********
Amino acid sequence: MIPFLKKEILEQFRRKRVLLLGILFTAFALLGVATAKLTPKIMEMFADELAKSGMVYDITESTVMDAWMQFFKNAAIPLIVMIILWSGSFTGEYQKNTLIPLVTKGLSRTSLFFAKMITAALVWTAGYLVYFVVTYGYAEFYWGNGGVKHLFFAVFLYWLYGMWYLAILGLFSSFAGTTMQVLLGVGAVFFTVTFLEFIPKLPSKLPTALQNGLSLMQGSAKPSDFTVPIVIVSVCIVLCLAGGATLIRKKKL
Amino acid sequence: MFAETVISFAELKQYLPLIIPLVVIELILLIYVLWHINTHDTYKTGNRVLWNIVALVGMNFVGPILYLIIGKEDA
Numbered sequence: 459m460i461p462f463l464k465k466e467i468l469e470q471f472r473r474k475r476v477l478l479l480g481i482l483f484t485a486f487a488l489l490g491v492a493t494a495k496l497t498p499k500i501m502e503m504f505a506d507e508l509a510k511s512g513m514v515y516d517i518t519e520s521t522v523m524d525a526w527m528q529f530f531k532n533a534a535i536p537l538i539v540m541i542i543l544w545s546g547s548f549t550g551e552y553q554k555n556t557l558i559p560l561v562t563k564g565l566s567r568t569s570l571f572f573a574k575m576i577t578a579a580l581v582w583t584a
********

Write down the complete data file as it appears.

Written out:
Amino acid sequence: MIPFLKKEILEQFRRKRVLLLGILFTAFALLGVATAKLTPKIMEMFADELAKSGMVYDITESTVMDAWMQFFKNAAIPLIVMIILWSGSFTGEYQKNTLIPLVTKGLSRTSLFFAKMITAALVWTAGYLVYFVVTYGYAEFYWGNGGVKHLFFAVFLYWLYGMWYLAILGLFSSFAGTTMQVLLGVGAVFFTVTFLEFIPKLPSKLPTALQNGLSLMQGSAKPSDFTVPIVIVSVCIVLCLAGGATLIRKKKL
Amino acid sequence: MFAETVISFAELKQYLPLIIPLVVIELILLIYVLWHINTHDTYKTGNRVLWNIVALVGMNFVGPILYLIIGKEDA
Numbered sequence: 459m460i461p462f463l464k465k466e467i468l469e470q471f472r473r474k475r476v477l478l479l480g481i482l483f484t485a486f487a488l489l490g491v492a493t494a495k496l497t498p499k500i501m502e503m504f505a506d507e508l509a510k511s512g513m514v515y516d517i518t519e520s521t522v523m524d525a526w527m528q529f530f531k532n533a534a535i536p537l538i539v540m541i542i543l544w545s546g547s548f549t550g551e552y553q554k555n556t557l558i559p560l561v562t563k564g565l566s567r568t569s570l571f572f573a574k575m576i577t578a579a580l581v582w583t584a